At $1.07 billion a year, 421-a is the largest single housing expenditure that the city undertakes, larger than the city’s annual contribution of funds for Mayor de Blasio’s Housing New York plan.
The annual cost of 421-a to the city exploded during the recent housing boom as a result of market changes, not because of any intentional policy decision to increase the amount of tax incentives for housing construction.
Half of the total 421-a expenditure is devoted to Manhattan.
The 421-a tax exemption is a general investment subsidy that has been only superficially modified to contribute to affordability goals.
The 421-a tax exemption is extremely inefficient as an affordable housing program, costing the city well over a million dollars per affordable housing unit created.
The reforms made to 421-a in 2006 and 2007 have not resulted in a significant improvement of 421-a’s efficiency as an affordable housing program.
A large share of buildings that receive 421-a and include affordable housing also receive other subsidies, such as tax-exempt bond financing. Affordable units in these buildings cannot be credited entirely to the 421-a program.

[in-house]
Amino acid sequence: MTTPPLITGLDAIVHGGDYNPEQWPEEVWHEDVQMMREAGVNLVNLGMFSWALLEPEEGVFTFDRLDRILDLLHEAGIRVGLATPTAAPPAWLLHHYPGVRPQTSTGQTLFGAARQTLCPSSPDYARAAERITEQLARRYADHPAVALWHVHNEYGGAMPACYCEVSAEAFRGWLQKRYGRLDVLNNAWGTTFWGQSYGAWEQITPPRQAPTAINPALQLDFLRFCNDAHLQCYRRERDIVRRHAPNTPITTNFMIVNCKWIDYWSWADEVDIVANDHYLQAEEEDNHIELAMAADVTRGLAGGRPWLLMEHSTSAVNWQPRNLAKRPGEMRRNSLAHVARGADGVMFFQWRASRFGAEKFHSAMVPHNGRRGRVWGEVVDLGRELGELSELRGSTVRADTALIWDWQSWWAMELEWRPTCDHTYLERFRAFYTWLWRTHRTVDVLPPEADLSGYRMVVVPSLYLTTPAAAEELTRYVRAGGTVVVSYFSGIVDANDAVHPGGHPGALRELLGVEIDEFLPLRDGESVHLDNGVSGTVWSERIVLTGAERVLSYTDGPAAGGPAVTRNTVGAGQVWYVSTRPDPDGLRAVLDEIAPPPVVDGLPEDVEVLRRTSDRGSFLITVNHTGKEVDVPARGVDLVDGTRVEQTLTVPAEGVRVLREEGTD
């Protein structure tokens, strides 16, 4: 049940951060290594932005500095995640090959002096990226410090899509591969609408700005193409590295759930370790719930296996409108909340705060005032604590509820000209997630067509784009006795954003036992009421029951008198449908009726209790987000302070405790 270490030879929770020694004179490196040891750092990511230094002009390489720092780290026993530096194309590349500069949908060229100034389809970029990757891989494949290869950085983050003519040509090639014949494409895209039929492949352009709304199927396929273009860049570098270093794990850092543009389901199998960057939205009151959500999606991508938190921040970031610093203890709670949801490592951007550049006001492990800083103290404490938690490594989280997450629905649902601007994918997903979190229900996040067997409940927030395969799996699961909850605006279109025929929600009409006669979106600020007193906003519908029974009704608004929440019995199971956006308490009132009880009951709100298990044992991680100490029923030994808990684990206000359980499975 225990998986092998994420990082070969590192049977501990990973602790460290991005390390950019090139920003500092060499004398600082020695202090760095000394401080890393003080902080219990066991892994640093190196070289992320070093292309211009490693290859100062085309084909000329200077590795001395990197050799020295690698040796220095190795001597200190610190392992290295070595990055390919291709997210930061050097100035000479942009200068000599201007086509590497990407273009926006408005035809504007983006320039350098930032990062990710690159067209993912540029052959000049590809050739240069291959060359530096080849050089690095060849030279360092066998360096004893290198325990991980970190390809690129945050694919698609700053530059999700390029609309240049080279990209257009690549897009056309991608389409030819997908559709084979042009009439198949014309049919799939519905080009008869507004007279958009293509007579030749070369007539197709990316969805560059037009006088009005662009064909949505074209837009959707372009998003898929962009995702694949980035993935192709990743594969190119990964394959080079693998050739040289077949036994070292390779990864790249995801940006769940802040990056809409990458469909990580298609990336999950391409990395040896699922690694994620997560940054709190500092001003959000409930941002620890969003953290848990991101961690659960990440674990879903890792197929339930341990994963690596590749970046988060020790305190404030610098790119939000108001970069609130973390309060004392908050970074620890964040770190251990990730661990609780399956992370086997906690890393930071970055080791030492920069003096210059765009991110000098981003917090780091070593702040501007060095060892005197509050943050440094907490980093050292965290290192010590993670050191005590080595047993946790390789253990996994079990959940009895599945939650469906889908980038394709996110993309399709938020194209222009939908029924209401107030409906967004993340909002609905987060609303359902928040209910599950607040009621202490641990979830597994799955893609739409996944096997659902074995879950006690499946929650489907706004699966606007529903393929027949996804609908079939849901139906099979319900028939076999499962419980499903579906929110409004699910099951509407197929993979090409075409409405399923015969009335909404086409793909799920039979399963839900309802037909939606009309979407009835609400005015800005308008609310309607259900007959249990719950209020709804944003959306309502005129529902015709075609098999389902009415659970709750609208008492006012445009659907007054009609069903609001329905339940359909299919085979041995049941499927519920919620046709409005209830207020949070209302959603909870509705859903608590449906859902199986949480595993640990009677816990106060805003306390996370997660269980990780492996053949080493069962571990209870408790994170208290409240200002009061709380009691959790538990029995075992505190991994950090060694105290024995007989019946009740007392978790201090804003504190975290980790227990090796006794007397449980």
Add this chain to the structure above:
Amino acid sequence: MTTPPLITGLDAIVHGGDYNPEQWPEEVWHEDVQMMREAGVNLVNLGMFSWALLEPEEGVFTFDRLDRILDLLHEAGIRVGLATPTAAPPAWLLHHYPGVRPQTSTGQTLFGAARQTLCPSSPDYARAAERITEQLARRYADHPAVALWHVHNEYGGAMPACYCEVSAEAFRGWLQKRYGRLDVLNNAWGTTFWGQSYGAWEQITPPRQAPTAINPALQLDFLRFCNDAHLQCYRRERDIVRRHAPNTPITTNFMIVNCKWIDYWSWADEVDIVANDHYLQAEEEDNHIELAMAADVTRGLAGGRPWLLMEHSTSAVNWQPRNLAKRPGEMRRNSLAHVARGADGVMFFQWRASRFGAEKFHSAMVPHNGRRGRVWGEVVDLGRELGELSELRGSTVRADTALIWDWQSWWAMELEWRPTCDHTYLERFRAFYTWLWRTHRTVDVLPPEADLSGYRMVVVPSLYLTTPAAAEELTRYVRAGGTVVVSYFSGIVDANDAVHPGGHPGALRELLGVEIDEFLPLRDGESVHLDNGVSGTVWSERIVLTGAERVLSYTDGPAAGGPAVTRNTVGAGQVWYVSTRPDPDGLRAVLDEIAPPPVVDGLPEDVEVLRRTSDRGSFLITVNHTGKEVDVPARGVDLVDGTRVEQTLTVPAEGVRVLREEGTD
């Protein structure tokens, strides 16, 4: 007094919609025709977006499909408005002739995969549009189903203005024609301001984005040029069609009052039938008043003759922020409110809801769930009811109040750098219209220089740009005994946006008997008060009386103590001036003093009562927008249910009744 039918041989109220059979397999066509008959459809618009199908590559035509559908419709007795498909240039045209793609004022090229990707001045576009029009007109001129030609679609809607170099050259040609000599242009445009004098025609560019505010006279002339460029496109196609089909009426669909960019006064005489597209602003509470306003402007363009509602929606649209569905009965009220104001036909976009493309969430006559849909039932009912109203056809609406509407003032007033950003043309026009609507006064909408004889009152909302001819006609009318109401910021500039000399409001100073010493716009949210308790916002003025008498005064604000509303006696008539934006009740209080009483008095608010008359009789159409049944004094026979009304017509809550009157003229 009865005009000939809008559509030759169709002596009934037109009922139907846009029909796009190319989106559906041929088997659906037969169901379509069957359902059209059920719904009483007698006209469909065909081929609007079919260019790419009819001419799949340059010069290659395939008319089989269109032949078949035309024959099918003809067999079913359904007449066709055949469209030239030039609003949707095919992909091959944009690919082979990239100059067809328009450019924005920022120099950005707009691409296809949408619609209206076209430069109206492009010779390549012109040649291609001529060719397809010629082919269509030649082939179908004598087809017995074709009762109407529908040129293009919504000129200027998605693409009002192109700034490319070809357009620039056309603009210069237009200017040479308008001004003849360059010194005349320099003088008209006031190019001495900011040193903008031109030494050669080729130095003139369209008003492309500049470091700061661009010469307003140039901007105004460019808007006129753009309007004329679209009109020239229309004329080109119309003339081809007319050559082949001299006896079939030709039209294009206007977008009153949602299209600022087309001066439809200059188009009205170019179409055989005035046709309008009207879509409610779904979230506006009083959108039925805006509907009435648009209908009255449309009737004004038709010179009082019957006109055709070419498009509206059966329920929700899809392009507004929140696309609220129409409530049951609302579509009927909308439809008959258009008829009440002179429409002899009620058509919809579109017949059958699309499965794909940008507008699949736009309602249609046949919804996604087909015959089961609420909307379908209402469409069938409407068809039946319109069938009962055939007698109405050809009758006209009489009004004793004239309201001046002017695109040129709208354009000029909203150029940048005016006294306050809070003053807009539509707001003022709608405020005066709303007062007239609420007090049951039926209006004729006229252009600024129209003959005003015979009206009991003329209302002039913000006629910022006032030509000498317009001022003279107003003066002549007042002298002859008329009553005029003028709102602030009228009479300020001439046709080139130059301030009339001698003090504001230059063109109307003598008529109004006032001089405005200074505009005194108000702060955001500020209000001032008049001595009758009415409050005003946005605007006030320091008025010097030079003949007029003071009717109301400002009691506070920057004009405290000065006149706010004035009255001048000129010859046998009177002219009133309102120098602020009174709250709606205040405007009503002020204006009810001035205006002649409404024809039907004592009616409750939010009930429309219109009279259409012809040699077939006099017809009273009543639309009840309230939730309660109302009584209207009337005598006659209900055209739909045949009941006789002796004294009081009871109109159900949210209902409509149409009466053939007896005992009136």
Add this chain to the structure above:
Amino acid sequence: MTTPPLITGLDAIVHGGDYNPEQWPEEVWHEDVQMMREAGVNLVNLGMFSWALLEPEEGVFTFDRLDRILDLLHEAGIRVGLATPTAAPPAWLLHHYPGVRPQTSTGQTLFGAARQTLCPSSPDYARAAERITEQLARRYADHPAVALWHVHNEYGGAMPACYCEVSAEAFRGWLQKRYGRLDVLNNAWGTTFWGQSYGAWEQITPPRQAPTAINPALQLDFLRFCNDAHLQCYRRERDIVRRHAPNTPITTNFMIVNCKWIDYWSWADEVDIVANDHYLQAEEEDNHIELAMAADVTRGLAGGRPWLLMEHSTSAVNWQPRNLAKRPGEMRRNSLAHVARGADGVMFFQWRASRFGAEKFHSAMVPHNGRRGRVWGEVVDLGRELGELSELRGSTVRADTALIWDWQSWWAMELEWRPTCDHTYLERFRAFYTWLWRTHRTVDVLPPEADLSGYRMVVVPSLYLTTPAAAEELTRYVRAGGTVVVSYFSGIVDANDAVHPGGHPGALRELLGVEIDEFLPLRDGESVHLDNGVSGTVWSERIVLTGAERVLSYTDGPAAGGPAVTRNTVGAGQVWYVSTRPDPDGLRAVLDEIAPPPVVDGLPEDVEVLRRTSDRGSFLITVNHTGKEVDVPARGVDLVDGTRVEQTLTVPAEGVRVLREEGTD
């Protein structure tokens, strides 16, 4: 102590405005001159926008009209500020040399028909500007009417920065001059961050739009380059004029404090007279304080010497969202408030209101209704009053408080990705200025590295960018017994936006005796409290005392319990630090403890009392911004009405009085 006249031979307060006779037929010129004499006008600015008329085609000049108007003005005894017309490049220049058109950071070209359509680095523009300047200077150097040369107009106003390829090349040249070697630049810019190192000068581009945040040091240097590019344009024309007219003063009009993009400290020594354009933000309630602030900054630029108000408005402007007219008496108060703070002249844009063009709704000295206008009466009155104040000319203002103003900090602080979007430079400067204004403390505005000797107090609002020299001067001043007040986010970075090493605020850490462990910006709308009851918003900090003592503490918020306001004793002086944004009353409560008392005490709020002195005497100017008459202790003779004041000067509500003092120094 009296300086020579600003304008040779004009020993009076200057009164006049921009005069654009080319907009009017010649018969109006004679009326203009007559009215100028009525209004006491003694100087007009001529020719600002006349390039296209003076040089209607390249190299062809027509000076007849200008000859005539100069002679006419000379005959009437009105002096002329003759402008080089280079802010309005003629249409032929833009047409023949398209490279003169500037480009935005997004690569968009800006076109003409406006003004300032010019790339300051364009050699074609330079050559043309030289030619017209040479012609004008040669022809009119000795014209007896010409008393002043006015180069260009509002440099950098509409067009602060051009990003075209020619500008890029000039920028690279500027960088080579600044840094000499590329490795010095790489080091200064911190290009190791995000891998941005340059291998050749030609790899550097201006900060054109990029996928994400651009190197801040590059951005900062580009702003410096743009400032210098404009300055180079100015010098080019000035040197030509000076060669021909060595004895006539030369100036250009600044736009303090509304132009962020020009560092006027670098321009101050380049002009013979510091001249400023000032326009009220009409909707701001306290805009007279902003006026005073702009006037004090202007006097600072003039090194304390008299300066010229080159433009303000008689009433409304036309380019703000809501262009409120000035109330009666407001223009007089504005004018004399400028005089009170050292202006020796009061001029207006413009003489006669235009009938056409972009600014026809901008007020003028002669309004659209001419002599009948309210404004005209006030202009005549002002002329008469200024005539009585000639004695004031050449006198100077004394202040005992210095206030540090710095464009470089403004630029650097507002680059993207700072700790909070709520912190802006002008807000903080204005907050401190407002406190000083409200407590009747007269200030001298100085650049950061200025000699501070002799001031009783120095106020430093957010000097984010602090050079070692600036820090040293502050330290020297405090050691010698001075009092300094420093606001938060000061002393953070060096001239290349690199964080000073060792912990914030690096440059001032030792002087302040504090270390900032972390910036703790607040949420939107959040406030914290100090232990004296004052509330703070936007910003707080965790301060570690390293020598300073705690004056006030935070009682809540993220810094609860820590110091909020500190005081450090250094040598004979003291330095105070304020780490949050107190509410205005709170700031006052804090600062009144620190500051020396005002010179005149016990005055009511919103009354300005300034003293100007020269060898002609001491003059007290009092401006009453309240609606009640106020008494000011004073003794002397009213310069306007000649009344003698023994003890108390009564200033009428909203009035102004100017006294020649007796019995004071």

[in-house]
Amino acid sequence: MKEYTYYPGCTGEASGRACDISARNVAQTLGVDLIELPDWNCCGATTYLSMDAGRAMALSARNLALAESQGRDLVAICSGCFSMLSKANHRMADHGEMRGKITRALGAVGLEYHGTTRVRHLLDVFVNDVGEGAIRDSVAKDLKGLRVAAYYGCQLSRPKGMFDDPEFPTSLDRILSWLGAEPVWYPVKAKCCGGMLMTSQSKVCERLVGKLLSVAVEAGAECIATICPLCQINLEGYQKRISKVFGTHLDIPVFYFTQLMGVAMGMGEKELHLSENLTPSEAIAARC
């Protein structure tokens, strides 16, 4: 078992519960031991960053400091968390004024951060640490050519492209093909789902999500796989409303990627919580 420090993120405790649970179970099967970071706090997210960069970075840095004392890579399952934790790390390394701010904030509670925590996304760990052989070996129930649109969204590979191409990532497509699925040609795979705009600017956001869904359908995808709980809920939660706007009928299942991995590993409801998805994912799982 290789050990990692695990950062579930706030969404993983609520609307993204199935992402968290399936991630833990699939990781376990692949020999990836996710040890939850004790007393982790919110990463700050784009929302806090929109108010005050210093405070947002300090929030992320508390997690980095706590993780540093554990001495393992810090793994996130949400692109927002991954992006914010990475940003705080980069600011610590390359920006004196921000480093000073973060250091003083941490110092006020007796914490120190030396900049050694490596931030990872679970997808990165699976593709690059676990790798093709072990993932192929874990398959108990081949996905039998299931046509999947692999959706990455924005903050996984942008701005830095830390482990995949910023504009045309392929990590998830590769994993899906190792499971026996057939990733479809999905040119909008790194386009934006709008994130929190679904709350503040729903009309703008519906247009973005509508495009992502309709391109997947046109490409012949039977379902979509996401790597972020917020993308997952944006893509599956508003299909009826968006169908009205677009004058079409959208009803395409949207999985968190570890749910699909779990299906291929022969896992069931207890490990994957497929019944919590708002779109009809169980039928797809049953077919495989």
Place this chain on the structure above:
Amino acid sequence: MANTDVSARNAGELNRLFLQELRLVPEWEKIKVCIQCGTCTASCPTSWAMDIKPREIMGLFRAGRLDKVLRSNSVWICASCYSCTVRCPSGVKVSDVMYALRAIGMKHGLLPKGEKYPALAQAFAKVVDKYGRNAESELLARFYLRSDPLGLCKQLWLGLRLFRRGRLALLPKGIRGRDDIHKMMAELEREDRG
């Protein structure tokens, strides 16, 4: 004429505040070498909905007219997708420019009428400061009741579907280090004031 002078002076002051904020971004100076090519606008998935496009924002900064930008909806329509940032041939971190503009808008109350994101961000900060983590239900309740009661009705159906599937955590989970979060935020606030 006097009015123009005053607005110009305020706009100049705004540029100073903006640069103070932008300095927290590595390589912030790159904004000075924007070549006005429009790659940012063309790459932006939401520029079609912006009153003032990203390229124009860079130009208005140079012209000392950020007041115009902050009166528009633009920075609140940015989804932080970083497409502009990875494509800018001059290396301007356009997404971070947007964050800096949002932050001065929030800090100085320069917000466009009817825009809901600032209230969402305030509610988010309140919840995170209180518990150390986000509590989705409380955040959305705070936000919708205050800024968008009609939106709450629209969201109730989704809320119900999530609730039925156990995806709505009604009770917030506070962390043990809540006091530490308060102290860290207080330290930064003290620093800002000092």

The great majority of the tax revenue forgone through 421-a is subsidizing buildings that would have been developed without the tax exemption. (3-4)
The brief argues that 421-a should be allowed to expire and be replaced “with a targeted tax credit or other new incentive that is structured to provide benefits only in proportion with a building’s contribution to the affordable housing supply.” (4)
I don’t have any real disagreement with the thrust of this brief. I would just add that the fight over 421-should be expanded to include an overhaul of the City’s property tax regime. It is unclear, of course, whether Governor Cuomo and NYS legislators have the stomach for a battle so large.
- 2016 Transportation Housing and Urban Development Bill passed in the House of Representatives – funding for certain programs, such as section 8 has been increased, however according to Enterprise Community partners (see Budget chart), it underfunds other critical federal housing and community development programs by as much as $1.5 billion.
- The U.S. Treasury’s Community Development Financial Institutions Fund recently completed its final round of New Market Tax Credit (NMTC) allocations. NMTC are used to stimulate investment in low-income communities. Legislation is currently pending in both the House and the Senate to permanently extend this successful and popular program. A bipartisan dear colleague letter urging permanent extension of NMTC is currently circulating – CDFI Fund’s recent report highlights the effectiveness of the program between 2003 and 20013.